by “Belgian Marxist youth”
For some time, I have been posting comments in With Sober Senses on the debate between Fred Moseley and Andrew Kliman around Moseley’s interpretation of Marx’s value theory. Before continuing to participate in this debate, I would like to draw attention to the tactics that Moseley has recently been employing. It is important that observers and participants should notice the problems they present.
Ever since the start of the debate, Moseley has been arguing that his macro-monetary rate of surplus-value remains constant in the case of technological change in luxury goods industries, because they are not wage goods. Since the appearance of Kliman’s Part 12 alone, Moseley has defended this position no less than 6 times, in his replies on November 24th, December 12th and 22nd, and January 6th, 9th, and 11th.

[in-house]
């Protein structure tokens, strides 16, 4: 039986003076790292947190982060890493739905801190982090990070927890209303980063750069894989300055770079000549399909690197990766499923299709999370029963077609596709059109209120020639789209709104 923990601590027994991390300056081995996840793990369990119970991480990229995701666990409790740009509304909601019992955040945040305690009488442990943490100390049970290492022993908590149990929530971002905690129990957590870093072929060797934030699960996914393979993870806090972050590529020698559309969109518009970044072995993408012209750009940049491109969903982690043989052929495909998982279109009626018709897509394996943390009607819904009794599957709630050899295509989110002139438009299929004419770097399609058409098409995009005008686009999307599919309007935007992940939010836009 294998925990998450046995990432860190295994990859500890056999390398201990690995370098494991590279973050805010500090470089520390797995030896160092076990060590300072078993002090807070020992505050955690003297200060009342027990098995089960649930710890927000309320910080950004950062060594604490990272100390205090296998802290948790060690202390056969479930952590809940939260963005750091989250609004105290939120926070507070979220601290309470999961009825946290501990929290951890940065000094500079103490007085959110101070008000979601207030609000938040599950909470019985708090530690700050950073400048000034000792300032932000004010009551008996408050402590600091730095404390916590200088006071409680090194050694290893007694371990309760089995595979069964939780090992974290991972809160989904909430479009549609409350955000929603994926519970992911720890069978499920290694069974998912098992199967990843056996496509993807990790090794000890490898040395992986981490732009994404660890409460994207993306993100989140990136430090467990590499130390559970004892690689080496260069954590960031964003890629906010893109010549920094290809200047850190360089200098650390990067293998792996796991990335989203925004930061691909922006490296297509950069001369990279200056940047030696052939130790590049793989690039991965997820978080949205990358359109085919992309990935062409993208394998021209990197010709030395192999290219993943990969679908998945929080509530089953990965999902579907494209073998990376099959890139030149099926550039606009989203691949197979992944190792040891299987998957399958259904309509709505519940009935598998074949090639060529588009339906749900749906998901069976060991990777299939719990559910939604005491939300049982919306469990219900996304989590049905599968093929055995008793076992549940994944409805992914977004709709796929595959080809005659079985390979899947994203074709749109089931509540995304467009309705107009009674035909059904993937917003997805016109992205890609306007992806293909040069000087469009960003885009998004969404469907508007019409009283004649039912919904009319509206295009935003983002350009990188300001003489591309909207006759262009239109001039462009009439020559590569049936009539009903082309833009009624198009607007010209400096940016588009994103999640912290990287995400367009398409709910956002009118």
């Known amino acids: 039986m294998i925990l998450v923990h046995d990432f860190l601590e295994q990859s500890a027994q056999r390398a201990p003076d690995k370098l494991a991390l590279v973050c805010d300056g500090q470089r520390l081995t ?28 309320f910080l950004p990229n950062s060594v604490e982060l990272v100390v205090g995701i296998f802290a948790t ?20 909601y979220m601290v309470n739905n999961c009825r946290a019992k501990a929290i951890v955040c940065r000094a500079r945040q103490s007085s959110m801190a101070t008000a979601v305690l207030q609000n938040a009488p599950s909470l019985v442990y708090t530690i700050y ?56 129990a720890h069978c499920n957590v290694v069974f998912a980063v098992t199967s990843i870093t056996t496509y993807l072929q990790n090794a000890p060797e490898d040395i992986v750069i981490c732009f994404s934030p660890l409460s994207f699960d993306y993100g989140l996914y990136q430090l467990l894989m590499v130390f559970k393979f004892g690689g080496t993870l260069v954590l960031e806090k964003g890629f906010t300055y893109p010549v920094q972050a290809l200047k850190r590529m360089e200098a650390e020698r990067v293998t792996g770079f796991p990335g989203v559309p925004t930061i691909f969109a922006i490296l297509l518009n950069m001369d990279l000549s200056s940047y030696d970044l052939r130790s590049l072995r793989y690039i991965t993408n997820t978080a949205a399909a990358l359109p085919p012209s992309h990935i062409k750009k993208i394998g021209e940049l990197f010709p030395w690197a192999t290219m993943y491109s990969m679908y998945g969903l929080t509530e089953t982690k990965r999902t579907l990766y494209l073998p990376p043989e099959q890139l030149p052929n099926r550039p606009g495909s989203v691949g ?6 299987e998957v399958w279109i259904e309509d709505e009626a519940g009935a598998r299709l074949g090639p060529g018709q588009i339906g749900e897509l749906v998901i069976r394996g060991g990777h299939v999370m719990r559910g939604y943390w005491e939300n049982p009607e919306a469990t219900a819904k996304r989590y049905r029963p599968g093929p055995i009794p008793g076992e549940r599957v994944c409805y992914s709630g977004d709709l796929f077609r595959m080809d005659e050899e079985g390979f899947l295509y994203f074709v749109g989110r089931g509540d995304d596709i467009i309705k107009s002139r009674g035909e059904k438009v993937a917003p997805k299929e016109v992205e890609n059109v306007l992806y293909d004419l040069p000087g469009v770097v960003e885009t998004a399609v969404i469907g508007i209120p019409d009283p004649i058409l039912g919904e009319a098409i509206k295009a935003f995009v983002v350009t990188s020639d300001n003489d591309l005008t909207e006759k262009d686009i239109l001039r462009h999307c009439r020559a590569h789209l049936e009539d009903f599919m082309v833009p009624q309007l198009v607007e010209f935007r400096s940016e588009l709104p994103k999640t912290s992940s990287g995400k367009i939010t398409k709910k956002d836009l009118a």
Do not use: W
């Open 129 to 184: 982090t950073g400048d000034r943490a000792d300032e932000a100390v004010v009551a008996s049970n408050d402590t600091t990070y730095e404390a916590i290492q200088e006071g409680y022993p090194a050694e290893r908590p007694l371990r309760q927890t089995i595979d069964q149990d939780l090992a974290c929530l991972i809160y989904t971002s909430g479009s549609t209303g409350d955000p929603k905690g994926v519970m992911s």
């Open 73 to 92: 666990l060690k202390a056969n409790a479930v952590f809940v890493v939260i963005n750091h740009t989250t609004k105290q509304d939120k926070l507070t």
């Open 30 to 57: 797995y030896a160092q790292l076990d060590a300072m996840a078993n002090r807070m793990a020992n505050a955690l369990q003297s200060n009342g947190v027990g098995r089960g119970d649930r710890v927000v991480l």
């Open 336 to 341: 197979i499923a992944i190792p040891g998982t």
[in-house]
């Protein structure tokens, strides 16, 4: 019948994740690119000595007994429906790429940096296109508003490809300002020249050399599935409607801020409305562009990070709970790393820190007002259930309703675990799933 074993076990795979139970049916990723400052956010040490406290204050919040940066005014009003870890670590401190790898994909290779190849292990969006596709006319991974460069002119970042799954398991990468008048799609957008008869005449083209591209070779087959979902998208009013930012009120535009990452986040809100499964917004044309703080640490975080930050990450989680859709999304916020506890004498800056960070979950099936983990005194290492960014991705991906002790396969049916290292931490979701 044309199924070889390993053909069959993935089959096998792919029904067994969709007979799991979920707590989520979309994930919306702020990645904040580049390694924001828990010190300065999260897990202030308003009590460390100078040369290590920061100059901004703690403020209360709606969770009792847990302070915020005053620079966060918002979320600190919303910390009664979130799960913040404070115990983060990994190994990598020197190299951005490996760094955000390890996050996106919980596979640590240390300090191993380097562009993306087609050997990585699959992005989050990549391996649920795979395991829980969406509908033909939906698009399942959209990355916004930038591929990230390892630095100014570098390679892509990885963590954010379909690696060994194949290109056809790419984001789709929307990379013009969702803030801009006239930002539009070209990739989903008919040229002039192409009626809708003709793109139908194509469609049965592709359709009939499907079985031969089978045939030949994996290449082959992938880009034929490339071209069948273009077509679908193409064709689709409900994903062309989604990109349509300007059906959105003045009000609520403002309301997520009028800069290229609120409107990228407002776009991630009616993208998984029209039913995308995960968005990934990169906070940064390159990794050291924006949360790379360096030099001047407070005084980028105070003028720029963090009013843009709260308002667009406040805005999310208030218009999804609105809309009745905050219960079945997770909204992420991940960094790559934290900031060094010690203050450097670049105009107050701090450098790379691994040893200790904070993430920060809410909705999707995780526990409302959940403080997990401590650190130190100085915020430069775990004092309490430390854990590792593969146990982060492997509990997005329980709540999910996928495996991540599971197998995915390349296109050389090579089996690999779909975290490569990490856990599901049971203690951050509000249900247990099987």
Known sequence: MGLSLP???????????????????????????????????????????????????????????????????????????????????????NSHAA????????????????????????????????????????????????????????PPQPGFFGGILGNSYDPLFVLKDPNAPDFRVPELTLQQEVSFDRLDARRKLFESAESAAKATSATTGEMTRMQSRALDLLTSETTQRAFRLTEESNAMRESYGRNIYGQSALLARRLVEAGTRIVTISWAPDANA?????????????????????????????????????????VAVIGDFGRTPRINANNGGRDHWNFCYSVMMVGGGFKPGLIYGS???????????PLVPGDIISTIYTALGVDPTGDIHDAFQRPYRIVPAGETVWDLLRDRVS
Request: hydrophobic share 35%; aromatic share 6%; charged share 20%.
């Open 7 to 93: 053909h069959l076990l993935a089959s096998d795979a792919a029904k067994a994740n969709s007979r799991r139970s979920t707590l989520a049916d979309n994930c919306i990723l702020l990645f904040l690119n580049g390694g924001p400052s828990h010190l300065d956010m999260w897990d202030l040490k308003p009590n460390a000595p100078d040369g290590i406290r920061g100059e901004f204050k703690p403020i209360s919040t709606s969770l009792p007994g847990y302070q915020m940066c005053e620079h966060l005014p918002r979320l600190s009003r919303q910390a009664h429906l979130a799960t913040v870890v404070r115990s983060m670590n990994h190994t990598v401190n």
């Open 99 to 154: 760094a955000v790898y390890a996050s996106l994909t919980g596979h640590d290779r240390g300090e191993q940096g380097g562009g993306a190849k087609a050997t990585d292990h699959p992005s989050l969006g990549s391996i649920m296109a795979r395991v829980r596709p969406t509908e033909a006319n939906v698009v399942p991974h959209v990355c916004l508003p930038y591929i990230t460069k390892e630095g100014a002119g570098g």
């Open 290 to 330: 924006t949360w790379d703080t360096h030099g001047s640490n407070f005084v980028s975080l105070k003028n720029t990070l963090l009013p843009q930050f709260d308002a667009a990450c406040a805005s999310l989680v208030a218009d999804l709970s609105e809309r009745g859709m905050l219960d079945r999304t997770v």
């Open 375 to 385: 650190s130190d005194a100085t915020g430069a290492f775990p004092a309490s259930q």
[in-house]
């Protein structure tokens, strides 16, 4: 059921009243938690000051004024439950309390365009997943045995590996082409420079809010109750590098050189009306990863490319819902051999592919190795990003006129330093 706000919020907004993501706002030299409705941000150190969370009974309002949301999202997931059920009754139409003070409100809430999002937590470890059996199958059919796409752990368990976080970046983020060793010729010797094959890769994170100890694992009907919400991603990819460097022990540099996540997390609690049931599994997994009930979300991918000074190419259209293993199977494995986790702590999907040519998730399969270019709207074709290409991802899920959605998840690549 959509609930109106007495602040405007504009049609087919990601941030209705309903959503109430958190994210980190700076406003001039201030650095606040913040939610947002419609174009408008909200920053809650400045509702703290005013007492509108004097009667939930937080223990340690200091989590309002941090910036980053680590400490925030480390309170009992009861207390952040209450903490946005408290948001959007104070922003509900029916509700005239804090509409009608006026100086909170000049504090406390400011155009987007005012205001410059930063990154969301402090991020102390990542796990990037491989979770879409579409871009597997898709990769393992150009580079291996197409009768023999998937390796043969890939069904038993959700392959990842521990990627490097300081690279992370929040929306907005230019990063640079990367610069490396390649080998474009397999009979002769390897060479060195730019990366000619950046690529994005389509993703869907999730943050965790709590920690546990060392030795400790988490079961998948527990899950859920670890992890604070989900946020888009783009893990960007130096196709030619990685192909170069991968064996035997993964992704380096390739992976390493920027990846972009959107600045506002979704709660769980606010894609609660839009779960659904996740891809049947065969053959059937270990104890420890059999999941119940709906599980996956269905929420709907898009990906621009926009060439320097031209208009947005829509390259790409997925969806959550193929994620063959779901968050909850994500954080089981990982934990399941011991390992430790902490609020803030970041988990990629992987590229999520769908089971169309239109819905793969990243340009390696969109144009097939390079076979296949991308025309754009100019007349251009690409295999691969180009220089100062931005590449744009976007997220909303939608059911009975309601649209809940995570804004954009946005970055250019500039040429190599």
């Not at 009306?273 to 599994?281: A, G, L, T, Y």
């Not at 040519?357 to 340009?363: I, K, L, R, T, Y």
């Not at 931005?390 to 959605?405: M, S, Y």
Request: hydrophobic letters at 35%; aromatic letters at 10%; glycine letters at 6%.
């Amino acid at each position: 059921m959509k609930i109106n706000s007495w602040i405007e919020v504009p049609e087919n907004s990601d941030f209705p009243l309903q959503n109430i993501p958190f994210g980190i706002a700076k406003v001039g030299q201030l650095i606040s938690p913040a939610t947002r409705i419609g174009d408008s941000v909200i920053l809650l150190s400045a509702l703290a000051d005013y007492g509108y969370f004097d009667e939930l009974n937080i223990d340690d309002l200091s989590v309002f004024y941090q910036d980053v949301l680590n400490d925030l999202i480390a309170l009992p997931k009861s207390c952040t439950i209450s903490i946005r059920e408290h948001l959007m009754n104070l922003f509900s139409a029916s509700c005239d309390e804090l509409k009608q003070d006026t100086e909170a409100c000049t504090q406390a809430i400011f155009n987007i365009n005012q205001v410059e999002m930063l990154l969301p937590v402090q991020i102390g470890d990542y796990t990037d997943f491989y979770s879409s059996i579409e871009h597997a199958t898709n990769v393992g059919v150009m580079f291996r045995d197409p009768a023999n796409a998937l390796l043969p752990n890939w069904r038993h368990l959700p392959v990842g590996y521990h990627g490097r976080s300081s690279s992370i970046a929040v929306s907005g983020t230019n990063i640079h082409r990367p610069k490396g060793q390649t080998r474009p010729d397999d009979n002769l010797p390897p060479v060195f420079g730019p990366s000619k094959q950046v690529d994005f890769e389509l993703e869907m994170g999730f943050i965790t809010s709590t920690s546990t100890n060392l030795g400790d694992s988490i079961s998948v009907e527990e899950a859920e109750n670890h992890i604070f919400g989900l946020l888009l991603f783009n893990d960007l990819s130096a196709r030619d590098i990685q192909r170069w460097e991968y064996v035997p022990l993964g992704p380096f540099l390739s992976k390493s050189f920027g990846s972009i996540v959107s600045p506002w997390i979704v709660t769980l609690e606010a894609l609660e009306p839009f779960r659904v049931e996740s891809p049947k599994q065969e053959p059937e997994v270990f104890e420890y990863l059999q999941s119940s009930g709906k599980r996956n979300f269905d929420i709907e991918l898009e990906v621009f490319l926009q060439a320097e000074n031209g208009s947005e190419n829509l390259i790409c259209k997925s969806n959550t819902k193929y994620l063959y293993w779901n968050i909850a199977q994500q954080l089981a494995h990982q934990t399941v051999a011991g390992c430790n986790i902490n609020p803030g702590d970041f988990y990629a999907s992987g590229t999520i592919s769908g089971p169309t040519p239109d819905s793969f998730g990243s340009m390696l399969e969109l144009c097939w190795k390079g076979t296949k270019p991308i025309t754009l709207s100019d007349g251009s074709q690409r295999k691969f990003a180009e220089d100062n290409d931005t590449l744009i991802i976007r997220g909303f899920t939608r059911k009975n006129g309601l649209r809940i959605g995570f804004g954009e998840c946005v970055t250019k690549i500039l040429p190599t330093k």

In all of these contributions, it has been one of Moseley’s central arguments in trying to fend off Kliman’s criticisms: when Kliman demonstrated that Moseley’s economy-wide rate of profit does not change in the case of labor-saving technological change in luxury goods industries, but rather that his rate of surplus-value does, Moseley would respond that this criticism does not apply to his theory because it assumes that the rate of surplus value remains constant in such a case. He would argue that “Kliman’s *rate of surplus-value* is derived in the opposite way from Marx’s theory,” and even that “Kliman’s original argument … is clearly contrary to Marx’s theory and his explicit statements. I don’t think there can be any doubt about that.” When I argued that Moseley’s constant rate of surplus-value for this case is an arbitrary stipulation in his macro-monetary theory, he would respond that it is “a straight-forward and widely-recognized conclusion of Marx’s theory of relative surplus-value.” When Kliman demonstrated that a constant rate of surplus-value in this case means that Moseley’s input-output (I/O) coefficients in basic industries have to change in order for the economy-wide rate of profit to change, Moseley would even go so far as to contend that this means that the physical quantities Kliman derived from his macro-monetary data are not real.